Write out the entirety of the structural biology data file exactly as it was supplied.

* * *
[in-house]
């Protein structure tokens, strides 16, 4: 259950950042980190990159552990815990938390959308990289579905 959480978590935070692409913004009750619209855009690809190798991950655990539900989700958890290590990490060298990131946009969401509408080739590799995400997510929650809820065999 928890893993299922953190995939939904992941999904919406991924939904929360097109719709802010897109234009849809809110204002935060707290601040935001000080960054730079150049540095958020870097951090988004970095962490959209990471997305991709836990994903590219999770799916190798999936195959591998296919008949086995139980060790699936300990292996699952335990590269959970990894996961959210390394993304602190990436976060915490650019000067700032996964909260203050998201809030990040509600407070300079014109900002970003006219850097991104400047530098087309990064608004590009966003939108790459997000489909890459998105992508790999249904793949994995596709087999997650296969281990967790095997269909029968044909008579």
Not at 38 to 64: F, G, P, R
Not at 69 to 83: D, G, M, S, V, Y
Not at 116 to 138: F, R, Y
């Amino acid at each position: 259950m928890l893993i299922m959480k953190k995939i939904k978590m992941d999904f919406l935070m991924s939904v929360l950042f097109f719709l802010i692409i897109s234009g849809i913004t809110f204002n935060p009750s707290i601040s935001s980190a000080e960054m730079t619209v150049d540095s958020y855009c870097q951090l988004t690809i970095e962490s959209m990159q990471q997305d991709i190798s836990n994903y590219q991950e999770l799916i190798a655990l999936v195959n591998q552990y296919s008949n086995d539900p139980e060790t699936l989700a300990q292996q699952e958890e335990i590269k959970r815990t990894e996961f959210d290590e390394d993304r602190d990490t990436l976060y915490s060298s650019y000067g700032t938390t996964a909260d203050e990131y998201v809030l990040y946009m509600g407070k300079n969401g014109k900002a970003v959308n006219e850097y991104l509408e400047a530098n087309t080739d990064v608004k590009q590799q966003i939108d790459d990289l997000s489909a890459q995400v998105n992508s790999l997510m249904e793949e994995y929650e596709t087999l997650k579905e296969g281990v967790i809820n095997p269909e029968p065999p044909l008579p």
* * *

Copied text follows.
[in-house]
């Protein structure tokens, strides 16, 4: 259950950042980190990159552990815990938390959308990289579905 959480978590935070692409913004009750619209855009690809190798991950655990539900989700958890290590990490060298990131946009969401509408080739590799995400997510929650809820065999 928890893993299922953190995939939904992941999904919406991924939904929360097109719709802010897109234009849809809110204002935060707290601040935001000080960054730079150049540095958020870097951090988004970095962490959209990471997305991709836990994903590219999770799916190798999936195959591998296919008949086995139980060790699936300990292996699952335990590269959970990894996961959210390394993304602190990436976060915490650019000067700032996964909260203050998201809030990040509600407070300079014109900002970003006219850097991104400047530098087309990064608004590009966003939108790459997000489909890459998105992508790999249904793949994995596709087999997650296969281990967790095997269909029968044909008579």
Not at 38 to 64: F, G, P, R
Not at 69 to 83: D, G, M, S, V, Y
Not at 116 to 138: F, R, Y
């Amino acid at each position: 259950m928890l893993i299922m959480k953190k995939i939904k978590m992941d999904f919406l935070m991924s939904v929360l950042f097109f719709l802010i692409i897109s234009g849809i913004t809110f204002n935060p009750s707290i601040s935001s980190a000080e960054m730079t619209v150049d540095s958020y855009c870097q951090l988004t690809i970095e962490s959209m990159q990471q997305d991709i190798s836990n994903y590219q991950e999770l799916i190798a655990l999936v195959n591998q552990y296919s008949n086995d539900p139980e060790t699936l989700a300990q292996q699952e958890e335990i590269k959970r815990t990894e996961f959210d290590e390394d993304r602190d990490t990436l976060y915490s060298s650019y000067g700032t938390t996964a909260d203050e990131y998201v809030l990040y946009m509600g407070k300079n969401g014109k900002a970003v959308n006219e850097y991104l509408e400047a530098n087309t080739d990064v608004k590009q590799q966003i939108d790459d990289l997000s489909a890459q995400v998105n992508s790999l997510m249904e793949e994995y929650e596709t087999l997650k579905e296969g281990v967790i809820n095997p269909e029968p065999p044909l008579p």